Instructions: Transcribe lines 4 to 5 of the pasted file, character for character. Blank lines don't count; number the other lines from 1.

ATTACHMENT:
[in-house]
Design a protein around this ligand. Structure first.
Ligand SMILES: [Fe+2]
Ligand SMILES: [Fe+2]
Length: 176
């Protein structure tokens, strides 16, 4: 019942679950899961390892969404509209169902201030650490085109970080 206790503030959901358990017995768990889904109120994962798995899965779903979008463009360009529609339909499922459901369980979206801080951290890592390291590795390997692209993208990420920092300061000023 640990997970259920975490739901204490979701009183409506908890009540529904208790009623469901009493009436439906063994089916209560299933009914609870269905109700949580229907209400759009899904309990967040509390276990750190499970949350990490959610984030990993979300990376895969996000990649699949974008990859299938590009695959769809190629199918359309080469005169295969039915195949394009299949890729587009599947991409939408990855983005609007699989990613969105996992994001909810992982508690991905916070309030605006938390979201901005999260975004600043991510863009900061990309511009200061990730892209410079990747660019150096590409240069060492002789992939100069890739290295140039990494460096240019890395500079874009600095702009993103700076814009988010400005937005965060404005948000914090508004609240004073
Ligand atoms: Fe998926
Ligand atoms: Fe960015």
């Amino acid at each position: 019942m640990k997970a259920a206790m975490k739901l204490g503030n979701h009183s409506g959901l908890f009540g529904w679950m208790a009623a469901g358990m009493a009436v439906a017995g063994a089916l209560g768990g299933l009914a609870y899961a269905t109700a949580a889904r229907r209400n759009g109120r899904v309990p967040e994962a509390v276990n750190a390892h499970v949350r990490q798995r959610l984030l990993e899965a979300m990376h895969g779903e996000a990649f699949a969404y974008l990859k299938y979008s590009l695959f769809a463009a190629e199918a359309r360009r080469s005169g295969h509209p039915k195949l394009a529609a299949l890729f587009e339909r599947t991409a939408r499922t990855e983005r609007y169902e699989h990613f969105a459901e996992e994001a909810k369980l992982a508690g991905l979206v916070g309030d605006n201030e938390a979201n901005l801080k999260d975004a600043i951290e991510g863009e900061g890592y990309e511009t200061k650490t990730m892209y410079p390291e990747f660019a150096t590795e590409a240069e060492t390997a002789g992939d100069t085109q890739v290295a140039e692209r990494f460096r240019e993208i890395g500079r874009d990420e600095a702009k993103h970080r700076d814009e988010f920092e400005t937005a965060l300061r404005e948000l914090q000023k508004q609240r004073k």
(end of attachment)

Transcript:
Ligand SMILES: [Fe+2]
Length: 176